The Underground Map

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The Underground Map is a project which is creating street histories for the areas of London and surrounding counties lying inside the M25.

In a series of maps from the 1750s until the 1950s, you can see how London grew from a city which only reached as far as Park Lane into the post war megapolis we know today. There are now over 85 000 articles on all variety of locations including roads, houses, schools, pubs and palaces.

You can begin exploring by choosing a place from the dropdown list at the top left and then clicking Reset Location.

As maps are displayed, click on the markers to view location articles.

You can also view historical maps of London - click on the "pile of paper" control on the top right of a page's map to change to a particular decade.

Latest on The Underground Map...
Sloane Street, SW1X
Sloane Street runs north to south, from Knightsbridge to Sloane Square, taking its name from Sir Hans Sloane, who purchased the surrounding area in 1712. By 1760, the Swan (or New Swan) inn occupied a group of buildings facing the lane later enlarged into Sloane Street, with a tap house (later the Clock House inn) facing Brompton Road.

The Swan inn dated back at least to 1699, but was largely rebuilt in 1755–6 when a new lease was granted to Joseph Barnham, innkeeper. There was a yard with stables and coach-houses stretching to the west roughly up to the present Hooper’s Court.

Development started in the immediate environs of the inn. Here twelve houses known initially as Gloucester Row were erected under building leases of 1764 from Joseph Barnham to Joseph Clark and William Meymott, both carpenters. Clark built four houses next to the Swan, all leased in 1764. Meymott, a substantial builder based in Southwark and Bermondsey, built the following eight, leased in 1764–7. These were all small and orthodox Georgian terrace houses.

Joseph Clark (described as ‘Joseph Clark the elder’...




Gracechurch Street, EC3V
Gracechurch Street is in the heart of Roman Londinium - it runs directly over the site of the basilica and forum The word ’Gracechurch’ is derived from ’Gres-cherch’ or ’Gras-cherche’. The ’Gracechurch’ version was not used until after the destruction of all of the buildings in the street during the Great Fire of London in 1666. During its history, the street was for a period named Gracious Street.

It was a late Anglo-Saxon street and seems to have been built around the same time as London Bridge (10th/11th century) to which it provided access.

The church is was named after - St Benet Gracechurch stood at the junction with Lombard Street. It was destroyed in the Great Fire.

In medieval times a corn market was held beside the church. Leadenhall Market dating from the 14th century is still the street’s most noted attraction.

Originally at its southern end, it was called New Fish Street. North of Cornhill, Gracechurch continued as Bishopsgate Street.

The street was on the royal processional route. When the ...



Hans Crescent, SW1X
Hans Crescent forms part of an area informally called Hans Town which dates back to the 18th century The area later occupied by Hans Crescent was originally covered by a large field called Long Field (or Long Close) and, while until 1842 a larger area including Long Close was copyhold land of the manor of Earl’s Court, in the early seventeenth century Long Close had been part of the very extensive local landholdings of Sir William Blake. Blake died in 1630 and most of the land descended eventually to Harris Thurloe Brace. That estate became called the Alexander or Thurloe estate.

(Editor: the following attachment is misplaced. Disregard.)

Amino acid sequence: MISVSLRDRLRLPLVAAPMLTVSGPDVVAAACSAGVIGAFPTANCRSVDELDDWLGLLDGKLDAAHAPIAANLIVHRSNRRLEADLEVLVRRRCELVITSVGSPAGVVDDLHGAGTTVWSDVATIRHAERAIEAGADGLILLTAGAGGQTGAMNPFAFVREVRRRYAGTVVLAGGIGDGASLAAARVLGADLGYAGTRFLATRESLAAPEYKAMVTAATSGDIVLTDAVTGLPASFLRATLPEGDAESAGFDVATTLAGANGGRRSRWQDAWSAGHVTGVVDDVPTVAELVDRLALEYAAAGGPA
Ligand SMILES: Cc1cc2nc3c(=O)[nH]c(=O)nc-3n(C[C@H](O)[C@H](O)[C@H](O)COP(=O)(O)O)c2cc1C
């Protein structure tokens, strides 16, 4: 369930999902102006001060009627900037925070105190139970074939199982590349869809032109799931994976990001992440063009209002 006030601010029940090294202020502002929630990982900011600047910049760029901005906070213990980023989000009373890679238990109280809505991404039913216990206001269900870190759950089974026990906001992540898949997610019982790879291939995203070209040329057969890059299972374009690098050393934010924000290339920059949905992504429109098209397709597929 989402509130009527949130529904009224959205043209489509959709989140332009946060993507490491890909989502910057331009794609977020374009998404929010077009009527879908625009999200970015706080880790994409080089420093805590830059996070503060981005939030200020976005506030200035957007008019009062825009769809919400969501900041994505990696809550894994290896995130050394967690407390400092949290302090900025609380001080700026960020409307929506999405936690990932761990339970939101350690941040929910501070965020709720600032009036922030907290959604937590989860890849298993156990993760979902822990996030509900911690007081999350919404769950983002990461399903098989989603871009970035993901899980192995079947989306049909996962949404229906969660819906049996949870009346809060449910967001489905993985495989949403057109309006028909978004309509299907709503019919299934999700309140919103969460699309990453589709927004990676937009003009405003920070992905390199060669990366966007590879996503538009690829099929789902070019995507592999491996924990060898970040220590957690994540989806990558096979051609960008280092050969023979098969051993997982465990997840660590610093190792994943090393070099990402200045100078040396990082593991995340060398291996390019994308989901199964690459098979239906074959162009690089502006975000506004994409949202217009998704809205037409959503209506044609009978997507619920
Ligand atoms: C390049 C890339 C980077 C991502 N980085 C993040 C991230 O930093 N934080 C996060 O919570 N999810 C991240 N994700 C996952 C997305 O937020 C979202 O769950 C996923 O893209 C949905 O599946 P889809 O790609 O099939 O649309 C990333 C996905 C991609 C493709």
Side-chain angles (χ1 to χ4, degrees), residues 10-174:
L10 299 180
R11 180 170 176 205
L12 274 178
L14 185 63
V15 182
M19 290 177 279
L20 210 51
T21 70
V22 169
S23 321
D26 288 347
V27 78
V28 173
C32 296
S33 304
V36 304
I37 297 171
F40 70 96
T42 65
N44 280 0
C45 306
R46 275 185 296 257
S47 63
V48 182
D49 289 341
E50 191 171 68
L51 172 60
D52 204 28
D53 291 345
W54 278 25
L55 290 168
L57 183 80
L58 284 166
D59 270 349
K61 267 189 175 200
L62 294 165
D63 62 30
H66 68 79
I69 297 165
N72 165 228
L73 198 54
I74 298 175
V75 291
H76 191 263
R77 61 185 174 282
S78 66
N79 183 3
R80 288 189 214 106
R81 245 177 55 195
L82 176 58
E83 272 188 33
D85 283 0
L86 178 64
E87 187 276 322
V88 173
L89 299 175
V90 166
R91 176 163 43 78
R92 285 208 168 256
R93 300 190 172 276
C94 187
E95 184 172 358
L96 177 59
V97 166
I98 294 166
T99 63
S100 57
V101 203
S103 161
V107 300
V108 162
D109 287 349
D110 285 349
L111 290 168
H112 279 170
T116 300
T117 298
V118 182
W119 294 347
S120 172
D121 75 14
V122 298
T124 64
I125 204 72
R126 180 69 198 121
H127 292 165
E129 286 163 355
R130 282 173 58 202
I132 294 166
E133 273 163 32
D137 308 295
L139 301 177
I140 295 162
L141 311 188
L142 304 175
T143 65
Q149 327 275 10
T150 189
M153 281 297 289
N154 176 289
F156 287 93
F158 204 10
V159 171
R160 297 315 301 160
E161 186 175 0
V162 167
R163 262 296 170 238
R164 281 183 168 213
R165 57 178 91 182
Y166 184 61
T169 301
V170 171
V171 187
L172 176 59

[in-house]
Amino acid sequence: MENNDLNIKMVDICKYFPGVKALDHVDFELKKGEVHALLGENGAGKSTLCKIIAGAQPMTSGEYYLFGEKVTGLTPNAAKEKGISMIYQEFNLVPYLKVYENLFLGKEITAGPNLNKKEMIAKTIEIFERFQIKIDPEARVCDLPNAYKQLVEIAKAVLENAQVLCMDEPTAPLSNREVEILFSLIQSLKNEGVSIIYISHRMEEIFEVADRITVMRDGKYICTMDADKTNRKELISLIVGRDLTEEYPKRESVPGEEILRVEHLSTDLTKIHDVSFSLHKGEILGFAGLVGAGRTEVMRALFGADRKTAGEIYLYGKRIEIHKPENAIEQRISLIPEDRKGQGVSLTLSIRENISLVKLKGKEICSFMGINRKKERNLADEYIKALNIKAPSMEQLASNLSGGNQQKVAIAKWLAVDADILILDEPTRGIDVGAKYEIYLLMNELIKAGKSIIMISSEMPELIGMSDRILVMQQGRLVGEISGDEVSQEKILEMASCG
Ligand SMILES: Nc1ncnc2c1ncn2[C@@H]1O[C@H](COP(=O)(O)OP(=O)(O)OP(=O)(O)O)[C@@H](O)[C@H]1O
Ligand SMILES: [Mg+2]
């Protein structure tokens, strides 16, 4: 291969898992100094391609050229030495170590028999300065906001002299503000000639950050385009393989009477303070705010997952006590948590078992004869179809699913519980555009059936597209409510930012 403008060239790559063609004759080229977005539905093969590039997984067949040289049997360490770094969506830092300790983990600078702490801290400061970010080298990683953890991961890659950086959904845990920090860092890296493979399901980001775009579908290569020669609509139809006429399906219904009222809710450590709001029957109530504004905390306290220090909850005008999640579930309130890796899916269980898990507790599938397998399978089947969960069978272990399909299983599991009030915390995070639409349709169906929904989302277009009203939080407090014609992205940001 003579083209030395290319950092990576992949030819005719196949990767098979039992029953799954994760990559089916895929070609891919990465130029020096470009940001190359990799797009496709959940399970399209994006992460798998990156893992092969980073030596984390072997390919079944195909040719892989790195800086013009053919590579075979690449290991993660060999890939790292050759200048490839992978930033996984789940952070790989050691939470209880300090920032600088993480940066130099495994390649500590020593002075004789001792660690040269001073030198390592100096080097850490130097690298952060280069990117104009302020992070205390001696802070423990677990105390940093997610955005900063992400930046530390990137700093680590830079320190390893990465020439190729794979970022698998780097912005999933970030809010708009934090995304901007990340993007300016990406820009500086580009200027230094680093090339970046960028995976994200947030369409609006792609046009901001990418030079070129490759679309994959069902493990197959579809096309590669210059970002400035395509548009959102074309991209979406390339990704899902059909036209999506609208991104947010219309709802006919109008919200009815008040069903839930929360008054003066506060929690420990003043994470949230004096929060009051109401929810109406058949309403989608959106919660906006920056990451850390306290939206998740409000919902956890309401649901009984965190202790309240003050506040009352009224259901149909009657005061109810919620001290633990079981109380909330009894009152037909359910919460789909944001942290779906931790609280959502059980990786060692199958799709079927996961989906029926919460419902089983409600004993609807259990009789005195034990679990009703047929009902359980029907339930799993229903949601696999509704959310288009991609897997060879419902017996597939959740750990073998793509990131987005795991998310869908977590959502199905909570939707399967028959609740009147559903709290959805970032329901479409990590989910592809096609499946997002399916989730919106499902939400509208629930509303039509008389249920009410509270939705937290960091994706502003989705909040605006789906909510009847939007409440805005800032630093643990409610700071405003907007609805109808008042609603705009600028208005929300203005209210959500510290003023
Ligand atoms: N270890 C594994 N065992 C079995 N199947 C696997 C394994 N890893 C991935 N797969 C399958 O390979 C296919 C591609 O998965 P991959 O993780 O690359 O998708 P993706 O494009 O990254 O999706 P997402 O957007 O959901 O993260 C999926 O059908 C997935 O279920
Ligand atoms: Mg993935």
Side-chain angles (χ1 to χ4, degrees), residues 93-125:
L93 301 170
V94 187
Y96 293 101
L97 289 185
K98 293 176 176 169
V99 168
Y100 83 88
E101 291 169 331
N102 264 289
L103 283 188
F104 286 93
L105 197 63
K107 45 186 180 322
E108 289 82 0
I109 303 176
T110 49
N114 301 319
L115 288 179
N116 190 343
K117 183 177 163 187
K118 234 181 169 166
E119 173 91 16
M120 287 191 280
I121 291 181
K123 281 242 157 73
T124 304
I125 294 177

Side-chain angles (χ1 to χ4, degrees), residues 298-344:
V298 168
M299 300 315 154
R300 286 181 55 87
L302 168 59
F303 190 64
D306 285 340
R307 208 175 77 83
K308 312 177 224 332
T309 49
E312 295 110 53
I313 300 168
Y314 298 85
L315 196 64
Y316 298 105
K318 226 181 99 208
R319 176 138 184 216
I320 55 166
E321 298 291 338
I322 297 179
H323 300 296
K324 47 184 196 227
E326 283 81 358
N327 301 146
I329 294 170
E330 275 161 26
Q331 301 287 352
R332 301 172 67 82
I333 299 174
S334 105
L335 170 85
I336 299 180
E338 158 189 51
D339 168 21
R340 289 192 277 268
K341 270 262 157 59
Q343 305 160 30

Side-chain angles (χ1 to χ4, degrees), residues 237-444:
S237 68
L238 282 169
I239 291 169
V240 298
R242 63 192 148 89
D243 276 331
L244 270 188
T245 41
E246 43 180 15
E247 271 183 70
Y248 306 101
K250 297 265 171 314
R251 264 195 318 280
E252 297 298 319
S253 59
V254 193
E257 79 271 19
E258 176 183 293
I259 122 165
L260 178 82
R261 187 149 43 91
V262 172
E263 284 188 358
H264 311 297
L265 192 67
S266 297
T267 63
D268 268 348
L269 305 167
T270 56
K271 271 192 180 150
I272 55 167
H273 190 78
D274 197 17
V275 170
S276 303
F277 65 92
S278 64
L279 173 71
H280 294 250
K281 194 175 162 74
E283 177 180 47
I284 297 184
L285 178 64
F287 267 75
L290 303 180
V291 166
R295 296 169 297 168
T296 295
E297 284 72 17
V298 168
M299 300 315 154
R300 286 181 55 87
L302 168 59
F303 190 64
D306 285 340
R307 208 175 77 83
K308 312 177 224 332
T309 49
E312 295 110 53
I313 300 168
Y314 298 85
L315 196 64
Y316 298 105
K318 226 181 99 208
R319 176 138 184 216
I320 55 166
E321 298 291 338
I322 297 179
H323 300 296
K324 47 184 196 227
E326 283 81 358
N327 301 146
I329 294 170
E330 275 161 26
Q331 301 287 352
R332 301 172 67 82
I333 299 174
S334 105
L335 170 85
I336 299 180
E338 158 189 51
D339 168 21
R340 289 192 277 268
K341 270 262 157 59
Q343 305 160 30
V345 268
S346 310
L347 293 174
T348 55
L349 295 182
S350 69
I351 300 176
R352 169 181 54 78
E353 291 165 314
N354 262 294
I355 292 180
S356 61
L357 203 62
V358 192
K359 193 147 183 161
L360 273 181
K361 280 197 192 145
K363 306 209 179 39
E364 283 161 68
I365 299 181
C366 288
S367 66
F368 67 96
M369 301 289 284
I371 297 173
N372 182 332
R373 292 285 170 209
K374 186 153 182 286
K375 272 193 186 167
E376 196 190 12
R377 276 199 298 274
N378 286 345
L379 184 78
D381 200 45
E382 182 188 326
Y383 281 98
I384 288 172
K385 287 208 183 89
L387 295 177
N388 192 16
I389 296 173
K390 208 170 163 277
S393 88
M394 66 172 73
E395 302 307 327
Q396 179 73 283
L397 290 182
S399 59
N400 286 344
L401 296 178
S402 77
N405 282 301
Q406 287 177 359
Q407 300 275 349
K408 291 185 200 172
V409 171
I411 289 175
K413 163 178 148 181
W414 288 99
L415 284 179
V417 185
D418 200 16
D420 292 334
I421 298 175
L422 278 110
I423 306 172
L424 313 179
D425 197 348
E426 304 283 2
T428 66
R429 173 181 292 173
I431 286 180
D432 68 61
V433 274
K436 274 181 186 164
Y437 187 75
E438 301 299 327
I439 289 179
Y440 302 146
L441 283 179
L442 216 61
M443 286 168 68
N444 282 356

Long Close though was inherited instead by William Browne. It was under Browne’s auspices that development of this area began - the buildings from the corner of Sloane Street and into Brompton Road up to Brompton Place, were first developed between about 1764 and 1793.

Henry Holland, a celebrated architect, was at work in the 1780s and built a street called Exeter Street. He constructed a street not previously planned to join his Exeter Street on Lord Cadogan’s land. New S...



Lover’s Walk, SE21
The walkway between Gallery Road and College Road has had many names There was a medieval field system between the two roads. In 1989, the Museum of London carried out an exploratory dig here to verify this. Amongt the fields, a path became known as Lovers Lane or Pensioners’ Walk.

In 1768 the right of way received an official name - The Grove. Grove Field lay on its south side.

Lover’s Walk had become its informal name by 1876 - in May that year, a news report recorded an incident here. In 2012, the Dulwich Estate agreed to calls for Lover’s Walk to be the formal name.

For cyclists it has yet another name - it is part of the Traylen Trail.

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Grovelands Park
Grovelands Park originated as a private estate The Grovelands mansion - also known as ’Southgate Grove’, was built in 1797-98 for Walker Gray, a Quaker brewer, to the designs of John Nash. The grounds were landscaped by Humphry Repton.

After Gray’s death the property was acquired by John Donnithorne Taylor (one of the brewing Taylor family). His descentants continued to live at Grovelands up to the First World War.

Part of the estate was then purchased by the Municipal Borough of Southgate in 1913 to become a public park. Grovelands still exists on the western side of the park. It is Grade I listed on the National Heritage List for England.

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